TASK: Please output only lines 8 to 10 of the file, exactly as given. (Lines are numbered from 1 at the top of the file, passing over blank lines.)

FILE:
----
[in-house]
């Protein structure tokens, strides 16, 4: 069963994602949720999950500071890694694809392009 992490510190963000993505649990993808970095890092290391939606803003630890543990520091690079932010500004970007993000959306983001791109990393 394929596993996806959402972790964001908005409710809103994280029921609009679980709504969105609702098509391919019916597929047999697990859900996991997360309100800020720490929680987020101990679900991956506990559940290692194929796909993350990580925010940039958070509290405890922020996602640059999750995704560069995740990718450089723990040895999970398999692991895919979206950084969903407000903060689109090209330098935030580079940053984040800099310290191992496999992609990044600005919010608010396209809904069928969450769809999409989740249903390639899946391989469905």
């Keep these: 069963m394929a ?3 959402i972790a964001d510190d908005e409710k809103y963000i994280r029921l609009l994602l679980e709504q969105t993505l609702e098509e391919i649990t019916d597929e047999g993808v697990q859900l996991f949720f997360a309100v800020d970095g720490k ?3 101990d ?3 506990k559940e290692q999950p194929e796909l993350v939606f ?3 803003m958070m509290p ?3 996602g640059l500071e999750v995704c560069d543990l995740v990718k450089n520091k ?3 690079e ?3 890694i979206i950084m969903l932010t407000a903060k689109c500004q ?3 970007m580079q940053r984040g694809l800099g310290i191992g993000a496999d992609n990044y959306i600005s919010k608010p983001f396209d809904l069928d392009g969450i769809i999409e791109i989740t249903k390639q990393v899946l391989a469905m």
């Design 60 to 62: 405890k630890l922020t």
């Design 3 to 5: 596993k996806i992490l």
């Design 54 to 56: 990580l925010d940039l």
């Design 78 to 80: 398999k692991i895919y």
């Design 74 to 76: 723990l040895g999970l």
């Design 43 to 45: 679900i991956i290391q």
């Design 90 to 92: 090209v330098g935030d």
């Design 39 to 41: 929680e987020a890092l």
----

């Design 74 to 76: 723990l040895g999970l």
């Design 43 to 45: 679900i991956i290391q």
């Design 90 to 92: 090209v330098g935030d």